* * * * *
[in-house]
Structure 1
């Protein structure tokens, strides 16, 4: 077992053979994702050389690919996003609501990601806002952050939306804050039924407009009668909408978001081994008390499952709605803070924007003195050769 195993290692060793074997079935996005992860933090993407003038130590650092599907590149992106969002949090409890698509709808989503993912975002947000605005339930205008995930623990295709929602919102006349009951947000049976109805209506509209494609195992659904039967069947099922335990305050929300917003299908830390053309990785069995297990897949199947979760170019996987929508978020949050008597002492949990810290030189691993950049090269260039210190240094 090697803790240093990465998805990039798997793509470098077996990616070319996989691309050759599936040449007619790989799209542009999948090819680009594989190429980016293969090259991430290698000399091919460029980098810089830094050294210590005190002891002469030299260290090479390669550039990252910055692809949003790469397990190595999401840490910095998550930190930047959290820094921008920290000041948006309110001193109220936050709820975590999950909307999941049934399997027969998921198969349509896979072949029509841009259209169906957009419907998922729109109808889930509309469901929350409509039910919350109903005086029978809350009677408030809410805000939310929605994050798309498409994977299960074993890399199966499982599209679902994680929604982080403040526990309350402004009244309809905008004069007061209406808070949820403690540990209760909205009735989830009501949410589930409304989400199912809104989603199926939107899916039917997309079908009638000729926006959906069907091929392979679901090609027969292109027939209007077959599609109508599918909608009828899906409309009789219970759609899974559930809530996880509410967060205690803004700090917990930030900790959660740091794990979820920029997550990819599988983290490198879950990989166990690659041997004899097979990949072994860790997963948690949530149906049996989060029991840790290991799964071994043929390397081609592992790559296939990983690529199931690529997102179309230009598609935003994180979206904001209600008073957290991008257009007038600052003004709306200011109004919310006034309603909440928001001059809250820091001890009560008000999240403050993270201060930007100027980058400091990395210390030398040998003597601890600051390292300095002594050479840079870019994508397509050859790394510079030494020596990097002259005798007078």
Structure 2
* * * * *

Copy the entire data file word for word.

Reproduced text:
[in-house]
Structure 1
């Protein structure tokens, strides 16, 4: 077992053979994702050389690919996003609501990601806002952050939306804050039924407009009668909408978001081994008390499952709605803070924007003195050769 195993290692060793074997079935996005992860933090993407003038130590650092599907590149992106969002949090409890698509709808989503993912975002947000605005339930205008995930623990295709929602919102006349009951947000049976109805209506509209494609195992659904039967069947099922335990305050929300917003299908830390053309990785069995297990897949199947979760170019996987929508978020949050008597002492949990810290030189691993950049090269260039210190240094 090697803790240093990465998805990039798997793509470098077996990616070319996989691309050759599936040449007619790989799209542009999948090819680009594989190429980016293969090259991430290698000399091919460029980098810089830094050294210590005190002891002469030299260290090479390669550039990252910055692809949003790469397990190595999401840490910095998550930190930047959290820094921008920290000041948006309110001193109220936050709820975590999950909307999941049934399997027969998921198969349509896979072949029509841009259209169906957009419907998922729109109808889930509309469901929350409509039910919350109903005086029978809350009677408030809410805000939310929605994050798309498409994977299960074993890399199966499982599209679902994680929604982080403040526990309350402004009244309809905008004069007061209406808070949820403690540990209760909205009735989830009501949410589930409304989400199912809104989603199926939107899916039917997309079908009638000729926006959906069907091929392979679901090609027969292109027939209007077959599609109508599918909608009828899906409309009789219970759609899974559930809530996880509410967060205690803004700090917990930030900790959660740091794990979820920029997550990819599988983290490198879950990989166990690659041997004899097979990949072994860790997963948690949530149906049996989060029991840790290991799964071994043929390397081609592992790559296939990983690529199931690529997102179309230009598609935003994180979206904001209600008073957290991008257009007038600052003004709306200011109004919310006034309603909440928001001059809250820091001890009560008000999240403050993270201060930007100027980058400091990395210390030398040998003597601890600051390292300095002594050479840079870019994508397509050859790394510079030494020596990097002259005798007078």
Structure 2